“Cock up” – British slang

cock up meaning - English slang - Free English Materials For You.jpg

Example sentences from the web:

  • The whole affair was a monumental cock-up from start to finish.
  • Nothing goes right, it’s just one cock-up after another!
  • I cocked up the orders for table number four.

*Notice that this expression isn’t commonly used in the USA, where it is generally assumed to have a vulgar meaning.

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Burning Millions’ Worth of Illegal Ivory

I suggest that you read the vocabulary list before watching the video ;-):

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VOCABULARY

TUSK => a very long, large tooth that sticks out of the mouth of an animal (such as an elephant, walrus, or boar)

tusk.jpg
TO GO UP IN SMOKE => to burn up completely

to go up in smoke meaning.jpg

Image source

STOCKPILE => a large supply of something that is kept for future use

stockpile meaning.jpg
TO TORCH => to set fire to (something, such as a building) deliberately : to cause (something) to burn
TRADE => the activity or process of buying, selling, or exchanging goods or services
STUNT => something that is done to get attention or publicity
TO BAN => to forbid, to prohibit; to say that something cannot be used or done
TO POACH => to hunt or fish illegally

“Blinding” – British slang

Blinding - British slang - Free English Materials For You.jpg

Example sentences from the web:

  • I was waiting for a blinding revelation that never came.
  • He showed a blinding display of skills.

“Blinding” in the news: The Blinding Success Of The Lumineers

 

“Every cloud has a silver lining” – English proverb

Every cloud has a silver lining

This phrase is often said to people who are feeling down or depressed in an attempt to try and cheer them up.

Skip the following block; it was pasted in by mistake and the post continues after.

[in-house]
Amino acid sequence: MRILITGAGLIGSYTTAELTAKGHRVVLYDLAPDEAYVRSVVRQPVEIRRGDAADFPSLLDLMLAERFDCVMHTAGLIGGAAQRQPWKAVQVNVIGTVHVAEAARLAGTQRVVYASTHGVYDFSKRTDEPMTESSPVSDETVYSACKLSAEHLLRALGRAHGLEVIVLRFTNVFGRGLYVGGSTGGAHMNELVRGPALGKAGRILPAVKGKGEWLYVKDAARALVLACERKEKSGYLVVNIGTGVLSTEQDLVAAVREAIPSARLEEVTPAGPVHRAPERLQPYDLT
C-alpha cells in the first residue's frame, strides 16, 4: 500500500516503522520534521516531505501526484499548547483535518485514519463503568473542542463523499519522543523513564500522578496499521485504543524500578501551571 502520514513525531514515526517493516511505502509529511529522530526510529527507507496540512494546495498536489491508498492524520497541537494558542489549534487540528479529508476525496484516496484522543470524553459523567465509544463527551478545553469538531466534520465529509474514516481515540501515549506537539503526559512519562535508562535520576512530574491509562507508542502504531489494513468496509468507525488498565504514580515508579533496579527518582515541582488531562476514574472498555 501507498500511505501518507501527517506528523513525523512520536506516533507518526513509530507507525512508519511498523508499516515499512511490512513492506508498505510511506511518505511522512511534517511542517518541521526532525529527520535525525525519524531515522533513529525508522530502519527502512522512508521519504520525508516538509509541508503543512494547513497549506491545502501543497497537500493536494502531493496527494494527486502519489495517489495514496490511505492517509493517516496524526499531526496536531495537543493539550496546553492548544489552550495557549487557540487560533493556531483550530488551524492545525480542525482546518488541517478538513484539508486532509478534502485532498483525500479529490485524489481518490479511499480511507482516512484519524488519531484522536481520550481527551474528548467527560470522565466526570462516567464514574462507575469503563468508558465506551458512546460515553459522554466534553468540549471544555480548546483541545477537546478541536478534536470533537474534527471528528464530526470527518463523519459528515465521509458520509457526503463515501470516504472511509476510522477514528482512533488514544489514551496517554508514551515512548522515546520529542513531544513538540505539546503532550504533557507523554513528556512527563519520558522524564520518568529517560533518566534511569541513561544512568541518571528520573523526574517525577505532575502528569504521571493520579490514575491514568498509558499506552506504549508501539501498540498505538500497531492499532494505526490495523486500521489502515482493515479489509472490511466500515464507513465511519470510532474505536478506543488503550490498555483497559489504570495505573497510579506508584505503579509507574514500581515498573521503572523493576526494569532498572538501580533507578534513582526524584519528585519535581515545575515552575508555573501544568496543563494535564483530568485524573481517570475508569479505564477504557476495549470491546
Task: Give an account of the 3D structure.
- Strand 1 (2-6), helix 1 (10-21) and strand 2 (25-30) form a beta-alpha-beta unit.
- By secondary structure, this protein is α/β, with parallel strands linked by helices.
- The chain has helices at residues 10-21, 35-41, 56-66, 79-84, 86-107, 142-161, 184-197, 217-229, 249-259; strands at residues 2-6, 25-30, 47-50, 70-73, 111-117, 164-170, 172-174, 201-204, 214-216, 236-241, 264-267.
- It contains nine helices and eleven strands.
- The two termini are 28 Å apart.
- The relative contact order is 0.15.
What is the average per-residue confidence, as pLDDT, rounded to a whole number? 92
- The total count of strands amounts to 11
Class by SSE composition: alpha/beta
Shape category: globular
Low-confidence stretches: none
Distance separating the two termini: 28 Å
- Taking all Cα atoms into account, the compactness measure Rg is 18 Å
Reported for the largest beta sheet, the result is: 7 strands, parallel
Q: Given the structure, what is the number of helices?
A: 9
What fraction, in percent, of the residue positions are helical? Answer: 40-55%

Here you can read some information on this proverb: Origin of this proverb.

 
Example sentences from the web:
  • Well, I suppose it’s nice to know that every cloud has a silver lining.

  • Interview With Mexican Quake Witness (CNN, 2003):

    HARRIS: Well, actually, then, if that’s the case, this toll of only 23 deaths can — I should say — shouldn’t say only 23 deaths — but 23 deaths is actually quite a low number, considering the fact this could be a lot worse, then.
    PETERS: In fact, Mexican authorities are saying they’re quite amazed that the casualties appear to be so low at this point. They do expect them to rise, but they say — well, I guess every cloud has a silver lining. This may be that for this earthquake because previous earthquakes of this magnitude in Mexico have killed hundreds.
    HARRIS: Well, here’s hoping that silver lining gets even bigger and more pronounced there. Thank you, Gretchen Peters, thank you very much. We appreciate it. Take care. Gretchen Peters of the ” Christian Science Monitor ” talking to us from Mexico City.

  • Don’t forget that every cloud has a silver lining. The sun will shine again.

Words from the example sentences you may not know:

  • TOLLthe extent of loss, damage, suffering, etc., resulting from some action or calamity: The toll was 200 persons dead or missing.
  • CASUALTIES: loss in numerical strength through any cause, as death, wounds, sickness, capture, or desertion.
  • EARTHQUAKE: a shaking of a part of the earth’s surface that often causes great damage